Not all hackers attacking companies are bad guys; some are being paid to do so by their target. In a service known as penetration testing, a security firm attempts to access or control a client’s systems in order to uncover weaknesses that could be exploited by a real attacker.
Certain types of businesses are legally required to undergo penetration tests, but many others are opting for them too, says Brian Holyfield, cofounder of Gotham Digital Science, a company based in New York that specializes in this service. Holyfield told Tom Simonite, Technology Review’s IT editor for hardware and software, that during some large jobs, Gotham deploys three of its hackers against a company for weeks at a time.
TR: Why is penetration testing needed? Couldn’t you just tell a company which vulnerabilities an attacker would look for?
Holyfield: We aren’t looking for standard vulnerabilities. Most of the time we’re looking for code-level vulnerabilities in custom applications. Everybody has Web apps now, and the reality is that the firewall does little to protect them.
What kinds of companies do you work with?
We work mainly with banking and finance, health care, and software vendors. All sites and systems that accept credit cards are expected to undertake testing if they make more than a certain number of transactions per year. But a lot of companies are not compelled to do this. The biggest market we’re serving is companies that provide software as a service. They are being asked by customers about what they are doing to ensure it is secure.
Are customers scared about volunteering to be hacked?
The first time anyone goes through this, there is a level of nervousness and even paranoia. We have to work to get them to put aside their egos and understand that it’s not an us-versus-them exercise; we’re not trying to make anyone look bad. When a “pen test” is over, clients are generally happy that we found the problem before the bad guy.
What is a good example of vulnerabilities you have found?
In one recent engagement, we compromised a marketing website for a major financial institution that was running on an unpatched Web server. That server was used as a jumping point to traverse through the firewall and get connectivity to systems on their internal network.
We found that one of the accounts [taken from] the Web server (we had cracked the password) was also an administrator on the vault that stores everyone’s passwords for that network. We could log in as anyone. A good lesson here is that just because a system isn’t critical doesn’t mean the server can be written off from a security perspective. Once you gain access to the perimeter box, you typically have a lot more options for attacking more important systems, since you are now behind the firewall. The other lesson is the importance of not using the same password on different systems.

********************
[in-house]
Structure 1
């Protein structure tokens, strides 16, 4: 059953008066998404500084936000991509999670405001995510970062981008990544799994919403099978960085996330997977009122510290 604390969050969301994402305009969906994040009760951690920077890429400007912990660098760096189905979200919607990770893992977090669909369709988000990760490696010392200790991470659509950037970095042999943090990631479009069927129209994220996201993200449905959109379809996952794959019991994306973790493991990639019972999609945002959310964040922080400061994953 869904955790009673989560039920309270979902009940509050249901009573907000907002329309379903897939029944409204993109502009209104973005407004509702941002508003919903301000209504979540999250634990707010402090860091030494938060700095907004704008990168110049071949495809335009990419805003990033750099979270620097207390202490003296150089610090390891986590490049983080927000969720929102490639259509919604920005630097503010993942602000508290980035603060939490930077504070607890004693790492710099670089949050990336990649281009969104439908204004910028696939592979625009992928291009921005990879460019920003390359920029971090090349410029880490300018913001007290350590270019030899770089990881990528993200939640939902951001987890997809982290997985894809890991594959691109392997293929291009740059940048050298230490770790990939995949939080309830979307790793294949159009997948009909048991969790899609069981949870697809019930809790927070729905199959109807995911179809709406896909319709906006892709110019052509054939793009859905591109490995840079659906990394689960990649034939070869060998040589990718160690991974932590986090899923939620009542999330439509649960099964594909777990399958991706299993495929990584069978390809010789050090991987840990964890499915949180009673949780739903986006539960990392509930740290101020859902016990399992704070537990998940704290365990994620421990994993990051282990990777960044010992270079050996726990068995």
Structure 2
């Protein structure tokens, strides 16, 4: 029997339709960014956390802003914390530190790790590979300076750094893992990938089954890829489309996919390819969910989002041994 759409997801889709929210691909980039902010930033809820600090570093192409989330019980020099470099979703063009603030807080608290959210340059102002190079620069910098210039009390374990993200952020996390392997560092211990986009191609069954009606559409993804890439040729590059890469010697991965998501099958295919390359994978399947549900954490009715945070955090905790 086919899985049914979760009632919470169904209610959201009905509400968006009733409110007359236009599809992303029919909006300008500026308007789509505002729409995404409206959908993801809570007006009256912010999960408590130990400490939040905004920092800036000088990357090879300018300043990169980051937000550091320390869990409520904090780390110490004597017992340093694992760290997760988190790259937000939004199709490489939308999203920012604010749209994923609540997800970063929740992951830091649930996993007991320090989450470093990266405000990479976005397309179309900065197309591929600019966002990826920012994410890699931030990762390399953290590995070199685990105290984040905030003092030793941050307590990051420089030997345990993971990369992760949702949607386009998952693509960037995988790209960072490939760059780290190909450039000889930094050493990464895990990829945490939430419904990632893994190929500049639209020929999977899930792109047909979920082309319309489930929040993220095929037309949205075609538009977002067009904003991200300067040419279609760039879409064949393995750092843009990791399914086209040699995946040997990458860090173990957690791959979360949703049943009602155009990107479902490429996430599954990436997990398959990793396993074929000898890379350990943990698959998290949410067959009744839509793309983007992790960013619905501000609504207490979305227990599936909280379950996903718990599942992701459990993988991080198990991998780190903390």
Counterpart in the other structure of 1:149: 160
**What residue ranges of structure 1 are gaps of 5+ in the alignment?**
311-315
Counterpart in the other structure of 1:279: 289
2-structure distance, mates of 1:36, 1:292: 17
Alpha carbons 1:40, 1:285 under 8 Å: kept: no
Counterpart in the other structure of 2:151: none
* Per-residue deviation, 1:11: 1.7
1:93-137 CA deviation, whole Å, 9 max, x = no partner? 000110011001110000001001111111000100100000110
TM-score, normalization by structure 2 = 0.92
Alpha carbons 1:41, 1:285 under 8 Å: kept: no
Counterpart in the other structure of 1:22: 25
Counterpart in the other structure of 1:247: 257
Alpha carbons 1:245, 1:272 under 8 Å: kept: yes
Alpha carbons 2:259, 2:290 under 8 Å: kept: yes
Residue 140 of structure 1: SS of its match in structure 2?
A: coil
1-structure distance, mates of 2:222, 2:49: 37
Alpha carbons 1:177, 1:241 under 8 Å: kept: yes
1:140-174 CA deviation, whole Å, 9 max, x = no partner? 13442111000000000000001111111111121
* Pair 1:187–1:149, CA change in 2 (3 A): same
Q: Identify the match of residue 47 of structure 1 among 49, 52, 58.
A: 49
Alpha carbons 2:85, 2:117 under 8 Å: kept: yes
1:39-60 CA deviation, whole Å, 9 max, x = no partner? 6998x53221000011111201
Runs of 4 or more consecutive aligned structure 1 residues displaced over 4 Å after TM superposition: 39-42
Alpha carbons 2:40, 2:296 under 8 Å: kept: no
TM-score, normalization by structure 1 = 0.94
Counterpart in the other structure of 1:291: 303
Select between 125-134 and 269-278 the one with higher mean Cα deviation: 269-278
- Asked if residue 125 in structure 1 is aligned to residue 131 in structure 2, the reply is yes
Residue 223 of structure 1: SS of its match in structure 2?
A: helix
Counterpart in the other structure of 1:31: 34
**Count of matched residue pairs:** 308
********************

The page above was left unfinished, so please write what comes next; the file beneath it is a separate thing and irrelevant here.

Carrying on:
After your “attack” is over, what do you present to the customer?
We always have a written report and step-by-step screen shots and instructions that we can hand to a developer and say, “Here’s how you do it.” After the penetration test we add value by making it clear exactly what needs to be done. That compares with a classic security audit that tends to be heavily weighted toward best practice.
Are the people that do this for the good guys any different from the bad guys?
It requires not only specialized skills but also a certain type of person. It’s not that people are good at their job as much as it is their hobby, what they live and breathe. They have the desire not only to figure out how something works but to figure out how to use something [for a purpose] that it wasn’t intended for.
It’s a fine line between someone with that passion just for the sake of interest and knowledge and someone who will cause harm or try to make money. When we’re looking for talent, part of our recruitment process is a very strict background check to look for a dark side. There have been many cases where we know very talented people that we just can’t hire.
Is penetration testing becoming more common?
Yes, it is starting to become much more mainstream. One sign of that is how it is becoming easier for people to get permission from their Internet service provider, who has to know so they can understand that it is not a real attack. Today, infrastructure companies like Amazon make it very easy. If you’re hosted in Amazon’s cloud, getting permission for a penetration test is as easy as filling in a simple Web-based form.
Could penetration testing have prepared Sony for the recent attacks in which user data was stolen?
A penetration test typically focuses on the front door, but there are a ton of windows. I think Sony was actually targeted specifically. Social engineering and spear phishing [crafting messages to trick a particular person into revealing sensitive data] could have been used against individuals with access to the data. Testing social-engineering attacks is an option for a pen test, but most people don’t go for it. They already know the risks.
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